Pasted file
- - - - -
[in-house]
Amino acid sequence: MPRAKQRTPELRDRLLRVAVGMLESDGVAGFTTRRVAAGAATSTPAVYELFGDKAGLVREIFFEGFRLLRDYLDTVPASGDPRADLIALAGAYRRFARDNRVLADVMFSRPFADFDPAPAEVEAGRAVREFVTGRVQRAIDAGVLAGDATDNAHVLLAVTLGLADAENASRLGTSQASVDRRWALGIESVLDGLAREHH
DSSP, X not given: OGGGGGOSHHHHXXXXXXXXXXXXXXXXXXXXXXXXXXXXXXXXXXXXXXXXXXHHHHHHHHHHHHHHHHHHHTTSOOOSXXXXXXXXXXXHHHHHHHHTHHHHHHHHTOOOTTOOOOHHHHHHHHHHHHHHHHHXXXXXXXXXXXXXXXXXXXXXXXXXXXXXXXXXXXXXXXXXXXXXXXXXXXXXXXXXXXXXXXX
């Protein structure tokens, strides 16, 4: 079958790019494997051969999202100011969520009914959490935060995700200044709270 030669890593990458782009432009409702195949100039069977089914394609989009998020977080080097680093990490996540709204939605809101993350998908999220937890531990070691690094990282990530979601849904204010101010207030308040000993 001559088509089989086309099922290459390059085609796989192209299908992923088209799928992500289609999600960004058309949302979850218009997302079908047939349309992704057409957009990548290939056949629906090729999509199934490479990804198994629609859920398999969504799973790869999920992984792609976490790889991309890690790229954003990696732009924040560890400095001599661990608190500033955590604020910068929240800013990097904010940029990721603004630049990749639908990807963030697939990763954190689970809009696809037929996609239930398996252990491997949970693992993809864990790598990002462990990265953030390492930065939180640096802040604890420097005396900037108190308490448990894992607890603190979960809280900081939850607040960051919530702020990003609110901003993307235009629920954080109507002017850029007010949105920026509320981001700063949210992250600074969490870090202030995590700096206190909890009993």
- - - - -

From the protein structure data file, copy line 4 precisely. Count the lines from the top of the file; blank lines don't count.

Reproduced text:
């Protein structure tokens, strides 16, 4: 079958790019494997051969999202100011969520009914959490935060995700200044709270 030669890593990458782009432009409702195949100039069977089914394609989009998020977080080097680093990490996540709204939605809101993350998908999220937890531990070691690094990282990530979601849904204010101010207030308040000993 001559088509089989086309099922290459390059085609796989192209299908992923088209799928992500289609999600960004058309949302979850218009997302079908047939349309992704057409957009990548290939056949629906090729999509199934490479990804198994629609859920398999969504799973790869999920992984792609976490790889991309890690790229954003990696732009924040560890400095001599661990608190500033955590604020910068929240800013990097904010940029990721603004630049990749639908990807963030697939990763954190689970809009696809037929996609239930398996252990491997949970693992993809864990790598990002462990990265953030390492930065939180640096802040604890420097005396900037108190308490448990894992607890603190979960809280900081939850607040960051919530702020990003609110901003993307235009629920954080109507002017850029007010949105920026509320981001700063949210992250600074969490870090202030995590700096206190909890009993």